A D.C. government plan to move six mentally retarded men into a group home in Northeast Washington was temporarily blocked yesterday by a D.C. Superior Court judge.

Judge Stephen F. Eilperin issued a temporary restraining order against the city's planned use of the facility, pending resolution of a claim by local residents that city officials did not consult them about the proposal.

Eilperin's ruling allows the city to continue work on the house, located at 4012 Lee St. NE, but prevents the men from moving in for at least 10 days.

Members of the Eastland Gardens Civic Association, representing residents in the small neighborhood east of the Anacostia River near the Prince George's County line, said the court action was necessary because they were prevented from voicing their concerns.

"It was the approach that the District made" that prompted the lawsuit, said Herman B. Greene, the civic association's housing chairman. "They attempted to shove it down our throats. The main thing we're opposed to is the fact that we weren't given a chance to consider it."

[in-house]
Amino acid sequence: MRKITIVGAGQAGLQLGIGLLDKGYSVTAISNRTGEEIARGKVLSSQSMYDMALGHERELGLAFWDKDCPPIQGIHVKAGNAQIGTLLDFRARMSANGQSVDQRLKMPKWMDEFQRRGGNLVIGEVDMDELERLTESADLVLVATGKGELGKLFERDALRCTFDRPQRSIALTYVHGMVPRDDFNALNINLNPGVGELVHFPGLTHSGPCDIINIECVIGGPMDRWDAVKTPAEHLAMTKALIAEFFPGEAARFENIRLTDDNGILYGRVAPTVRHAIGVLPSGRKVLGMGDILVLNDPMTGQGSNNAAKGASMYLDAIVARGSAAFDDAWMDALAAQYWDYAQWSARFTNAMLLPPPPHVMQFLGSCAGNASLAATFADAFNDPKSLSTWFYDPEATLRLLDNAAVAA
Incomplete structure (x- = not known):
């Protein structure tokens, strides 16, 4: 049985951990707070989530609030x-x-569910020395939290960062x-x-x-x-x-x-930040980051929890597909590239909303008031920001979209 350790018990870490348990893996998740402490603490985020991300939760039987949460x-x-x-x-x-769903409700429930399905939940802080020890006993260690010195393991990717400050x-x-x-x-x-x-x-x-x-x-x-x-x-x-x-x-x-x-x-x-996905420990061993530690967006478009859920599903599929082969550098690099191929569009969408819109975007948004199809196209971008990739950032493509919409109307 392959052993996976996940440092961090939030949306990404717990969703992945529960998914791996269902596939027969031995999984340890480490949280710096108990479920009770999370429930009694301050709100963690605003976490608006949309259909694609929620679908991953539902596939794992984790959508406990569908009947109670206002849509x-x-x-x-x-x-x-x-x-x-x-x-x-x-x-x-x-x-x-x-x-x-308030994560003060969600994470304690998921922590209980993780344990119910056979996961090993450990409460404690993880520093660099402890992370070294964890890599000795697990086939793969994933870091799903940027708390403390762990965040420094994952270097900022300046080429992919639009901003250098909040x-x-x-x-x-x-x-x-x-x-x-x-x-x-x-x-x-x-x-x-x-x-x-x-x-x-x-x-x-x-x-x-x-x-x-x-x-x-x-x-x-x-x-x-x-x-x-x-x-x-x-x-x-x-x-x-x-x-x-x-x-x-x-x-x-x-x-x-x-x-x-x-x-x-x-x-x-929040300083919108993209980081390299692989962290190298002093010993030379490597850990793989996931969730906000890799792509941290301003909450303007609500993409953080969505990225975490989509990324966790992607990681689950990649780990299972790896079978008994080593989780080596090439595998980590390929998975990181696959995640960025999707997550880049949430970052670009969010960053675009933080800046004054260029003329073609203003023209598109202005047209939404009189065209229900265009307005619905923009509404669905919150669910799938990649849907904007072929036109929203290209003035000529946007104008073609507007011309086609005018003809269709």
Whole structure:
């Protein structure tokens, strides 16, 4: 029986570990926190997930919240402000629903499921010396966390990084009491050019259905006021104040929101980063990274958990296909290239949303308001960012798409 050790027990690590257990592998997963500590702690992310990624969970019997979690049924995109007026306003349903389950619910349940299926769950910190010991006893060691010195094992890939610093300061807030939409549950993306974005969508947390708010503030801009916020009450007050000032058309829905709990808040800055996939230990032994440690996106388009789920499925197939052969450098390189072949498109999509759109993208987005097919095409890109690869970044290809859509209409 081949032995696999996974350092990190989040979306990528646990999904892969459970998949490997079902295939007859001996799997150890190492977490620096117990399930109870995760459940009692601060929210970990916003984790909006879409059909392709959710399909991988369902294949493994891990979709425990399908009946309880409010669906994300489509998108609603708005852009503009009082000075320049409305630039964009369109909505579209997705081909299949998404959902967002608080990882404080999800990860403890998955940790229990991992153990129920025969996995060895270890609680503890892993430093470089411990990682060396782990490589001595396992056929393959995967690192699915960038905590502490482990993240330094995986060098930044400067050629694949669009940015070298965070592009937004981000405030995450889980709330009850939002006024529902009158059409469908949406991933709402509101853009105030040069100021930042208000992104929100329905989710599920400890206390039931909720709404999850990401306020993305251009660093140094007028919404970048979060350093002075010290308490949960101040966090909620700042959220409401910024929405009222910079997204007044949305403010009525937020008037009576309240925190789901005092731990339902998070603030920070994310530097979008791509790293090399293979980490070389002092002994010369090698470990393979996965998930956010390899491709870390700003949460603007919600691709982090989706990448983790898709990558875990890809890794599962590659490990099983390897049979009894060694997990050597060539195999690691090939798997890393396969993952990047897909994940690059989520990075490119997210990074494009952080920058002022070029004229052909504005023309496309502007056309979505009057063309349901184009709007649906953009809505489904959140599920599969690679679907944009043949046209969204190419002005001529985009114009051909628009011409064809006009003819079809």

Eilperin found that officials in the city's Department of Human Services had already decided to open the group home before it notified residents.

The city is under a federal court order to move most residents out of Forest Haven, the city's institution for the mentally retarded, and into community-based settings.

"I just don't want it there," said Charles S. Gibson, a retired postal worker who lives only a few yards from the group home. "I built my house in 1954. If I had known this was coming, I would not have built it there."

The group home is intended to house six to eight severely to profoundly retarded men.

Civic association members contend in their lawsuit that the city should be forced to reopen consideration of whether the facility should be placed in the neighborhood and take comments from residents.

Attorneys for the city told Eilperin that the residents were given adequate notice before the group home was approved.

Eilperin ruled yesterday that the civic association is likely to prevail on the merits of its claim and that residents would suffer "irreparable harm" if the move were not stopped temporarily.

He set a further court hearing on the dispute for Nov. 9.